One cannot fully understand Rachmaninoff without contemplating the choral music traditions of the Russian Church, and the sonorous harmonies that accompanied his thought processes throughout his life. Similarly, one cannot fully appreciate Rachmaninoff without taking into account theatre and, in particular, the opera. It was at the Mariinsky that he made his decision to become a composer. There is another styling in his compositions, which is instantly audible. There is a militaristic streak of rhythmic clarity, which appears, without fail, as a constant background. His father was a military man, and the martial impulses that drove the first symphony in 1895 remained throughout. His father drank heavily and womanised relentlessly, forcing his mother to leave the relationship quite early in Rachmaninoff’s life. He never saw his father again. If there is one overriding quality that Rachmaninoff possesses and demonstrates constantly, in a way that has never been (and is likely never to be) rivalled, is his creation of melody. He drew on endless inspiration to create melodies that are brand new, but give you the impression you’ve heard them before. He gives you a melody that might unwind for a whole minute-and-a-half, without the listener ever thinking, “Okay. I know where this is going.” Rather, he is always anticipating the new vista, the new horizon, or as Valery Gergiev describes it, “the new door that is constantly being opened”. His first symphony was a public disaster. Friends remarked that they thought Alexander Glazunov, who was conducting, was drunk. The concert was badly planned, with two other new works, and badly rehearsed by Glazunov, according to contemporary accounts from the orchestral players. Nevertheless, the critics, particularly César Cui, one of the ‘mighty five’ hurled abuse at a still very young and impressionable man in his twenties, and Rachmaninoff went into a state of depression. The work is actually marvellous, precise, visionary, complete and a fine primary statement of the composer’s talent. At the time, Rachmaninoff had to take psychological therapy to try and get over his depression, which he did ‘in trumps’. The second piano concerto, which we all love so much, was the next piece and dedicated to his therapist, Dr. Dahl.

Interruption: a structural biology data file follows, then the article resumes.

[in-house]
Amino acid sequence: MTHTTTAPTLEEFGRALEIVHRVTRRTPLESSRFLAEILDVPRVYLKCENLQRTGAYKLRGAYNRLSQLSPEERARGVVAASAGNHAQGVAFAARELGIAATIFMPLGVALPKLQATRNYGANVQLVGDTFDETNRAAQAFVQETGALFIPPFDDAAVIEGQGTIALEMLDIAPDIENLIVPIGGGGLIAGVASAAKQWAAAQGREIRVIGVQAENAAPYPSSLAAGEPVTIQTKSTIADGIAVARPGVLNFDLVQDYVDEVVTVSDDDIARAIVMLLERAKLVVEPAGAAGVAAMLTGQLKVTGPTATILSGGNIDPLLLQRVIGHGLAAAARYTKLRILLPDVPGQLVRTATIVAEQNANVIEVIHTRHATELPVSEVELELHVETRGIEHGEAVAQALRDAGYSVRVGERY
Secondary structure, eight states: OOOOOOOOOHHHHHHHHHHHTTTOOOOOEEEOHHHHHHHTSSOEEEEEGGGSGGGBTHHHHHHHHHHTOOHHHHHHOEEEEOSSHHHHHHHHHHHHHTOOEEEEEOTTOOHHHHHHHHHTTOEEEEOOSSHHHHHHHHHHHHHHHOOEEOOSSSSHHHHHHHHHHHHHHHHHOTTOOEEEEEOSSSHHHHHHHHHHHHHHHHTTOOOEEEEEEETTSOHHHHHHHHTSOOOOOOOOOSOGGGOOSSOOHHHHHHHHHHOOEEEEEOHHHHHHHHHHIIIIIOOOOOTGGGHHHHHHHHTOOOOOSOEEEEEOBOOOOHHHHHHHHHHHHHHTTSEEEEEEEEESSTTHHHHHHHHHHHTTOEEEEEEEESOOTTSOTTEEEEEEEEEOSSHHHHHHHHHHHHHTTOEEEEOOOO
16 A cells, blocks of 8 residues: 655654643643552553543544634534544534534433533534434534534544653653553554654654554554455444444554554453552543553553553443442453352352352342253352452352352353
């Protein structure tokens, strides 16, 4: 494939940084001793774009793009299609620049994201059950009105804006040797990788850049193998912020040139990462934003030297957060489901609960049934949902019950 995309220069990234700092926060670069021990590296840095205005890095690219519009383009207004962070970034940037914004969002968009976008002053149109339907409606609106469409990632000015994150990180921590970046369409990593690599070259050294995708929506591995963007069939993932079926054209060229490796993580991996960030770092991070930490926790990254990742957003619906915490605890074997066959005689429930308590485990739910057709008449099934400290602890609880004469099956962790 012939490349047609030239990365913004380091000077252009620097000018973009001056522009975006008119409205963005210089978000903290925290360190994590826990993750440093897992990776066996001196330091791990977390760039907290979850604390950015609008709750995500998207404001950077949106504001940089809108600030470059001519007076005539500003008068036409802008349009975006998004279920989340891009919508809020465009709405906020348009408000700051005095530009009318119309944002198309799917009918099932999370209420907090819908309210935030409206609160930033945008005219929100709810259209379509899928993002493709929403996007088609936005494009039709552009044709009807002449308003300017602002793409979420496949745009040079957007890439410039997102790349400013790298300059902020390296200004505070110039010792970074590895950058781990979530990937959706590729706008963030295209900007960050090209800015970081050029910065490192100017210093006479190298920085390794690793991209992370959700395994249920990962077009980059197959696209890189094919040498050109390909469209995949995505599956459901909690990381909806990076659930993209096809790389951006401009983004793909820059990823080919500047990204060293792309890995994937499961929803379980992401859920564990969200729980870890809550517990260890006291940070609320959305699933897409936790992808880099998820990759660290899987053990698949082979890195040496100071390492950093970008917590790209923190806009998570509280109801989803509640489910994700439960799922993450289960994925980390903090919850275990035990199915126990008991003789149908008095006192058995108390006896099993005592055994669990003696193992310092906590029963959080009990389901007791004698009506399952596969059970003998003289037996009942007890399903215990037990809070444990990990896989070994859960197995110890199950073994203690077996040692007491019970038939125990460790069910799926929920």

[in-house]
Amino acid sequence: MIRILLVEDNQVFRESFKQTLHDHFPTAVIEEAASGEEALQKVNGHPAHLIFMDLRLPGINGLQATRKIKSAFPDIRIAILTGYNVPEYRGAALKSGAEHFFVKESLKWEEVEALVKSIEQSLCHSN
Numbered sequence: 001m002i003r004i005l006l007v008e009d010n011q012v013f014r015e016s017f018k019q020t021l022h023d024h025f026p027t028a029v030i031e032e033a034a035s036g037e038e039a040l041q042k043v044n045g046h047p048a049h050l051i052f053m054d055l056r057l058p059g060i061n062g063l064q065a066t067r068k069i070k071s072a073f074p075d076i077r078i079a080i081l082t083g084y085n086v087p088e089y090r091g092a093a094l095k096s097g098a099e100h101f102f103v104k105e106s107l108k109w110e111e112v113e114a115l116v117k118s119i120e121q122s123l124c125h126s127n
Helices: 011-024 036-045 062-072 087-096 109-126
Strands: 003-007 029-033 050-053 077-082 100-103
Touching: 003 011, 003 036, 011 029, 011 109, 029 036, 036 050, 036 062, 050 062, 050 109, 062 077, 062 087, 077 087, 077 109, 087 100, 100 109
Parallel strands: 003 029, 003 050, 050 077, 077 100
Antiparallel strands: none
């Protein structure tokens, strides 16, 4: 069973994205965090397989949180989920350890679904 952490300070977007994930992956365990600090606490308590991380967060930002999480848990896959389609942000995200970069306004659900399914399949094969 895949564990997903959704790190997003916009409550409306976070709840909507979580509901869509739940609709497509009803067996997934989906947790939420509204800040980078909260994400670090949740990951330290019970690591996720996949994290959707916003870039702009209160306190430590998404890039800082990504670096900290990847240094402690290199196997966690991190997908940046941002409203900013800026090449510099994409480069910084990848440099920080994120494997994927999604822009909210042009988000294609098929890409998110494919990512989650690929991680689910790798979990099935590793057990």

Rachmaninoff’s recovery resulted in concertising and conducting the Bolshoi, including concerts in Dresden and the US for the first time. His concerts in the US would lead to extraordinary success, where he would typically play his piano concerti to great acclaim. Can you imagine two world premiere performances of Rachmaninoff’s Piano Concerto No. 3, in New York in 1909, with Gustav Mahler as the conductor of the second one? In this heady atmosphere, Rachmaninoff slowly became a household name, but never distant from poverty. He, as many emigrés found, had to work relentlessly to make money. One tour, extended by the Boston symphony that Rachmaninoff turned down, involved doing 110 concerts in 30 weeks. He hated the crowds.
Igor Stravinsky, on the other hand, had no desire or destiny to end up at the St. Petersburg conservatory. Also a pianist by early definition, he, through family connections and his upper-class introductions, found his way into the circle of Nikolai Rimsky-Korsakov. Rimsky taught him a great deal about orchestration and about the sonority of notes. He professed to Stravinsky that he was completely self-taught, but Stravinsky noted later that Rimsky was blessed with a very sharp ear and excellent musical instincts. He put a premium on these, and Stravinsky, who was not very good at studies or being a student, found himself accommodated by a great composer on an informal schedule. Had he gone to the conservatory, he later remarked, he might have not survived the gruelling, arduous and sometimes demonic treatment of students. Our own Marat Bisengaliev talks of the rigours of training in Russian conservatories, and it is not an experience for the faint-hearted. There is healthy competition, there is unfair competition, there is cynicism and almost no encouragement, except that which comes from mastering your craft. This prepares you for your life ahead, but just as easily breaks you before you get there.
The Mariinsky was of huge import to Stravinsky, as it was to Rachmaninoff. They both lived in walking distance of it. The idea of theatrical pieces impacted Stravinsky, and so one of his first forays was to write Fireworks – a piece to commemorate the wedding of Rimsky’s daughter Najda. Rimsky had passed away, just a little while earlier, and the piece was as much an homage to him as a celebration of the wedding. It was to be a fortuitous event. There in the audience sat Diaghilev, who was immensely impressed, thus beginning a lifetime of collaboration, not always as easy as is suggested.
The year 1910 brought the commission of the Firebird Suite at Paris, which was instantly going to become one of Stravinsky’s home turfs. Stravinsky held three citizenships: Russian, US and French. The success of Firebird with Diaghilev was, in my view, a direct result of being in Paris. Paris was the bohemian place to experiment and be accepted. Diaghilev, already at arm’s length from the Russian establishment because of his affairs and scandals surrounding Vaslav Nijinsky, found a home for his troupe and his art in turn-of-the-century Paris. I wonder if Stravinsky would have received the resounding reception he did, had his works been performed in Russia first.